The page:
- Sugar: Even though varieties like Greek yogurt tend to be lower in sugar (about 4 grams in 5.3 ounces verses 7 grams in regular yogurt) than regular yogurt – if you buy anything other than plain, you can end up eating up to 18-30 grams of sugar in a serving. Additionally, when you drink skim milk or reach for fat-free yogurt, you miss out on the satiating (blood sugar stabilizing) effects of saturated fat, so your body automatically goes into “sugar and carb (grains) craving mode” to make up for it. And while artificial sweeteners seem like the healthier alternative, artificial sweeteners can have the SAME effects on your blood sugar as regular sugar.
- Poor Source of Probiotics: Many commercial yogurts are not an ideal source of probiotics because they are not fermented long enough. Homemade yogurt is fermented for about 24 hours, but some commercial yogurt is fermented for as little as one hour. A hint that your yogurt hasn’t been fermented long enough is additional ingredients, such as: whey concentrates and modified corn starch, pectin, and locust bean gum (which are sometimes added to give insufficiently fermented yogurt a thicker texture). In addition, many standard yogurts and ‘brand names’, manufacturers often time heat-treat yogurt after fermentation to prolong shelf life (thus destroying the probiotic properties). The FDA requires these products be labeled “heat treated after culturing.” Be sure the container is labeled with “active cultures,” “living yogurt cultures” or “contains active cultures” as the primary ingredient.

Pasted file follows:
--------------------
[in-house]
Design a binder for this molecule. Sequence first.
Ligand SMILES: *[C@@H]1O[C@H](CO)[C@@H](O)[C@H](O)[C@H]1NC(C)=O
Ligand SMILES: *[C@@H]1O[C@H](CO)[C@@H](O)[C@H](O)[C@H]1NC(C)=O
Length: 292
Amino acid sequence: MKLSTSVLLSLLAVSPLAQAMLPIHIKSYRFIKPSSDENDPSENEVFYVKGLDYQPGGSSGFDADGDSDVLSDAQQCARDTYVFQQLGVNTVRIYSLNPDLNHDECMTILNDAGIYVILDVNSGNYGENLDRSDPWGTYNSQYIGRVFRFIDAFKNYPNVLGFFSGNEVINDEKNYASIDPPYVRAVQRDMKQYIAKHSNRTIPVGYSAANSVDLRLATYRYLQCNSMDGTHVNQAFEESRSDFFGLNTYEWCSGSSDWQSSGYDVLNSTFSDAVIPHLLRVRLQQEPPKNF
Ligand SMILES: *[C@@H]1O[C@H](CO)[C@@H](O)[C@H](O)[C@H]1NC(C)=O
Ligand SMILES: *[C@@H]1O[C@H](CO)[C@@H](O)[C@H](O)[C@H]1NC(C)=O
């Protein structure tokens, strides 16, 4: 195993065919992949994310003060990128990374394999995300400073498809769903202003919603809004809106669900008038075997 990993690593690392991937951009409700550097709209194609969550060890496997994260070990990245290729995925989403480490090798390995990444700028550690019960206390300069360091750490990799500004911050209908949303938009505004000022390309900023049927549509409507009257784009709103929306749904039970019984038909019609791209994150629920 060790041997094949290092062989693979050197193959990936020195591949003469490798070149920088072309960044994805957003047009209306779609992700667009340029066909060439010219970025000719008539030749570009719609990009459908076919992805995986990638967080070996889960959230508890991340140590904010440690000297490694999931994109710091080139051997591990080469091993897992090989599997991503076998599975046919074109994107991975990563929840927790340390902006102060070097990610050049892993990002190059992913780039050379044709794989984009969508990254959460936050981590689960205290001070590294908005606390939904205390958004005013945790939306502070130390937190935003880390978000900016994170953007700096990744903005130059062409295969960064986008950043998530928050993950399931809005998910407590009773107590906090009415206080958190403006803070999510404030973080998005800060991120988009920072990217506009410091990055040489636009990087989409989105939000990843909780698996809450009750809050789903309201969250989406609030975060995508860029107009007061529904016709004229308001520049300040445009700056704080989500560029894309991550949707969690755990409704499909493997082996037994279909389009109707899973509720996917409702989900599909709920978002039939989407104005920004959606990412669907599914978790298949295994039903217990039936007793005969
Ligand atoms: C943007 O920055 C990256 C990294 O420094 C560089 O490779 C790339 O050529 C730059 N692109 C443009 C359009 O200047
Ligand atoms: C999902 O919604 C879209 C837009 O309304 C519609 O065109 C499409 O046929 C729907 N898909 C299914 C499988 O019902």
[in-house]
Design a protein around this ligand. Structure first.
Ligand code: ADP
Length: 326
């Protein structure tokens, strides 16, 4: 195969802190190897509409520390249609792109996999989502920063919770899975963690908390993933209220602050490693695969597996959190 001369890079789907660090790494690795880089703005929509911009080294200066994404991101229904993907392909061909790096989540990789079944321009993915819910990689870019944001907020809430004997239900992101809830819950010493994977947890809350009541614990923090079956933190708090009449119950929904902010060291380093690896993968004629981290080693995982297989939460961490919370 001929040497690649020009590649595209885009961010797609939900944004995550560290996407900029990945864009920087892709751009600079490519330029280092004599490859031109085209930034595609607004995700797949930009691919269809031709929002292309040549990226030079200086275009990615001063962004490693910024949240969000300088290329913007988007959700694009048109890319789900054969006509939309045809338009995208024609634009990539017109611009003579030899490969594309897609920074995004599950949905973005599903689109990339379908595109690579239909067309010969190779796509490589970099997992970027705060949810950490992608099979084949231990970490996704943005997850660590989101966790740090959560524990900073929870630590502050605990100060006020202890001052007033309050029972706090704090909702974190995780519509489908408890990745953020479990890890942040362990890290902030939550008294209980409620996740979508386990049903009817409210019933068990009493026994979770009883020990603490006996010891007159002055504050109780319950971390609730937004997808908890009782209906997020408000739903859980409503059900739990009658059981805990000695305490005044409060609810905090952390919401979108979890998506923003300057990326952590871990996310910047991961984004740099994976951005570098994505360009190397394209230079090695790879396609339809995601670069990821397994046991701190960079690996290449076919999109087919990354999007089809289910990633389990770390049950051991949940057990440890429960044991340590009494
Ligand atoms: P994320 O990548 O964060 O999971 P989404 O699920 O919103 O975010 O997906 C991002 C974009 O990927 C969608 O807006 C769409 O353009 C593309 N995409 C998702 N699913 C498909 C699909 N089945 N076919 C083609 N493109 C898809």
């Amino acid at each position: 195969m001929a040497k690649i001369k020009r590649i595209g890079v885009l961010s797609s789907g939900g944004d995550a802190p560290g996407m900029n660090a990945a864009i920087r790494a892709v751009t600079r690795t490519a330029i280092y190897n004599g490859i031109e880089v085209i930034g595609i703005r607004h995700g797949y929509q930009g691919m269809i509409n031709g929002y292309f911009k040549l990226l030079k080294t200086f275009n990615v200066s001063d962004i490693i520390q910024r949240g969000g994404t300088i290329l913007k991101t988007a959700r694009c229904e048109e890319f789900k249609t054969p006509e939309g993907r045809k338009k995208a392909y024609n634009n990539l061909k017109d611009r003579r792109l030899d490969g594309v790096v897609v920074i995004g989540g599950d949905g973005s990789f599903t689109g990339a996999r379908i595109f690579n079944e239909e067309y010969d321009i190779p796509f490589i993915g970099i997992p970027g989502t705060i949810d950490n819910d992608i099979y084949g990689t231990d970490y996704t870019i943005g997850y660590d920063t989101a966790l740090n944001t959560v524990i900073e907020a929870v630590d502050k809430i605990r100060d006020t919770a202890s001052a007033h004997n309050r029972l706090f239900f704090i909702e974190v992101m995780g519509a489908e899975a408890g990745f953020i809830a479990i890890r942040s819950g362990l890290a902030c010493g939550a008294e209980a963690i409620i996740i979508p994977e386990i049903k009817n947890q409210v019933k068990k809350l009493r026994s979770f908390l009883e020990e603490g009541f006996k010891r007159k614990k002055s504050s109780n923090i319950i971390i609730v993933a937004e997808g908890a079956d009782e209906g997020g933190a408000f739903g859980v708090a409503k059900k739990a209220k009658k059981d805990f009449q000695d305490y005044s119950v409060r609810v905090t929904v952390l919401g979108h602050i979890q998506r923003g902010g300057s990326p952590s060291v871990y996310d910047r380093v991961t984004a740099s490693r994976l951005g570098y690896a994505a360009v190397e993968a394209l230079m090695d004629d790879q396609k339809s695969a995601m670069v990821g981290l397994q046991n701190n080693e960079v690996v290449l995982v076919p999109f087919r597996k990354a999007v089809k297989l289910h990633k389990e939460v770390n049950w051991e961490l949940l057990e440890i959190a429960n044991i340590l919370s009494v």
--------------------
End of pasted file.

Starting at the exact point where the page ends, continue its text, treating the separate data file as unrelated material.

- Weight Mis-management: Contrary to popular belief, low-fat and fat-free dairy can actually have the opposite effect on weight loss or body fat loss . If you have goals around weight management, lean muscle gain or body fat loss, full-fat dairy is the way to go. Get this: In a 2013 European Journal of Nutrition research review, 11 of the 16 studies included found that participants who consumed more high-fat dairy products either weighed less or gained less weight over time than their counterparts who didn’t consume fat-laden dairy.